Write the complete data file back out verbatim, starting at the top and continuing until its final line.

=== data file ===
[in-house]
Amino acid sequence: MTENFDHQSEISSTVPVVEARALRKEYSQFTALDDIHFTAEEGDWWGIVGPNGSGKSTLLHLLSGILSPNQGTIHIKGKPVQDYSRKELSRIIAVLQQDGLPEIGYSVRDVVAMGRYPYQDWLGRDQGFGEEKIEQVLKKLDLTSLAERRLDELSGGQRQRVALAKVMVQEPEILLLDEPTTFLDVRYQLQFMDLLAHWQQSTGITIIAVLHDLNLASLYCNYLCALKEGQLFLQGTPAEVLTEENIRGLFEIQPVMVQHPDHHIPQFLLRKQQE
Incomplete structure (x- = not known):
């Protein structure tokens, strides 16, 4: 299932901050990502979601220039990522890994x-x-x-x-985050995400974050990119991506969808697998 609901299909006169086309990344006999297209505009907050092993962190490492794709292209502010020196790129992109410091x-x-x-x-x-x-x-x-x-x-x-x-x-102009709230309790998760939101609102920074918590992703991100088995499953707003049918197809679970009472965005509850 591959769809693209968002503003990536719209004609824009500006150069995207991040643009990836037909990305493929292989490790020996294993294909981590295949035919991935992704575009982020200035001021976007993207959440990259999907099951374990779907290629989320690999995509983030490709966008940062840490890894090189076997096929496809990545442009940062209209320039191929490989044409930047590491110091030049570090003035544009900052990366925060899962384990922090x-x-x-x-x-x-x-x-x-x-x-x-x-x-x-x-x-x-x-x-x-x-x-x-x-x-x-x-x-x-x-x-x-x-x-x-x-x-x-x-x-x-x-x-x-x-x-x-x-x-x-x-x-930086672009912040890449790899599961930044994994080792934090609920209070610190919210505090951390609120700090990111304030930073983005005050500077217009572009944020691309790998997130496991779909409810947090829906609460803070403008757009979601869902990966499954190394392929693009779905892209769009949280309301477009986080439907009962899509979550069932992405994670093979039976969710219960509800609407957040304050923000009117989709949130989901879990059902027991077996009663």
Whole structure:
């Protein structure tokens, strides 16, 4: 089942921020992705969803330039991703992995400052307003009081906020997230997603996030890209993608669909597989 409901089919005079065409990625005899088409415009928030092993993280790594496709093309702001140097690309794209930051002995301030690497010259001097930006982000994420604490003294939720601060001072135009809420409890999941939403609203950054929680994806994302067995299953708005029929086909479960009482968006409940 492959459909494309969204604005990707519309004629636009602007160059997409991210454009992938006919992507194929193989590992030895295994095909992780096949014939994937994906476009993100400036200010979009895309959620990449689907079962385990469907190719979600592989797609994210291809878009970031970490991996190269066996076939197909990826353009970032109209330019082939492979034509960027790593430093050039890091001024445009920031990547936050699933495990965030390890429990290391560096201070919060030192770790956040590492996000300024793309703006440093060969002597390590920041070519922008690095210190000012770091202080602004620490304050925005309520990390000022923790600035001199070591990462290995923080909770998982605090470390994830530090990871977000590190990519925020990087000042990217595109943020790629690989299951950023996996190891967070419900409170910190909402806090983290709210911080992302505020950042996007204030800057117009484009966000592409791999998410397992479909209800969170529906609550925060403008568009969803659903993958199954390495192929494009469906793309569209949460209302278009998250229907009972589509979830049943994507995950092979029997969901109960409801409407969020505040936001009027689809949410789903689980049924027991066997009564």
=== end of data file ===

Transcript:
[in-house]
Amino acid sequence: MTENFDHQSEISSTVPVVEARALRKEYSQFTALDDIHFTAEEGDWWGIVGPNGSGKSTLLHLLSGILSPNQGTIHIKGKPVQDYSRKELSRIIAVLQQDGLPEIGYSVRDVVAMGRYPYQDWLGRDQGFGEEKIEQVLKKLDLTSLAERRLDELSGGQRQRVALAKVMVQEPEILLLDEPTTFLDVRYQLQFMDLLAHWQQSTGITIIAVLHDLNLASLYCNYLCALKEGQLFLQGTPAEVLTEENIRGLFEIQPVMVQHPDHHIPQFLLRKQQE
Incomplete structure (x- = not known):
């Protein structure tokens, strides 16, 4: 299932901050990502979601220039990522890994x-x-x-x-985050995400974050990119991506969808697998 609901299909006169086309990344006999297209505009907050092993962190490492794709292209502010020196790129992109410091x-x-x-x-x-x-x-x-x-x-x-x-x-102009709230309790998760939101609102920074918590992703991100088995499953707003049918197809679970009472965005509850 591959769809693209968002503003990536719209004609824009500006150069995207991040643009990836037909990305493929292989490790020996294993294909981590295949035919991935992704575009982020200035001021976007993207959440990259999907099951374990779907290629989320690999995509983030490709966008940062840490890894090189076997096929496809990545442009940062209209320039191929490989044409930047590491110091030049570090003035544009900052990366925060899962384990922090x-x-x-x-x-x-x-x-x-x-x-x-x-x-x-x-x-x-x-x-x-x-x-x-x-x-x-x-x-x-x-x-x-x-x-x-x-x-x-x-x-x-x-x-x-x-x-x-x-x-x-x-x-930086672009912040890449790899599961930044994994080792934090609920209070610190919210505090951390609120700090990111304030930073983005005050500077217009572009944020691309790998997130496991779909409810947090829906609460803070403008757009979601869902990966499954190394392929693009779905892209769009949280309301477009986080439907009962899509979550069932992405994670093979039976969710219960509800609407957040304050923000009117989709949130989901879990059902027991077996009663």
Whole structure:
């Protein structure tokens, strides 16, 4: 089942921020992705969803330039991703992995400052307003009081906020997230997603996030890209993608669909597989 409901089919005079065409990625005899088409415009928030092993993280790594496709093309702001140097690309794209930051002995301030690497010259001097930006982000994420604490003294939720601060001072135009809420409890999941939403609203950054929680994806994302067995299953708005029929086909479960009482968006409940 492959459909494309969204604005990707519309004629636009602007160059997409991210454009992938006919992507194929193989590992030895295994095909992780096949014939994937994906476009993100400036200010979009895309959620990449689907079962385990469907190719979600592989797609994210291809878009970031970490991996190269066996076939197909990826353009970032109209330019082939492979034509960027790593430093050039890091001024445009920031990547936050699933495990965030390890429990290391560096201070919060030192770790956040590492996000300024793309703006440093060969002597390590920041070519922008690095210190000012770091202080602004620490304050925005309520990390000022923790600035001199070591990462290995923080909770998982605090470390994830530090990871977000590190990519925020990087000042990217595109943020790629690989299951950023996996190891967070419900409170910190909402806090983290709210911080992302505020950042996007204030800057117009484009966000592409791999998410397992479909209800969170529906609550925060403008568009969803659903993958199954390495192929494009469906793309569209949460209302278009998250229907009972589509979830049943994507995950092979029997969901109960409801409407969020505040936001009027689809949410789903689980049924027991066997009564």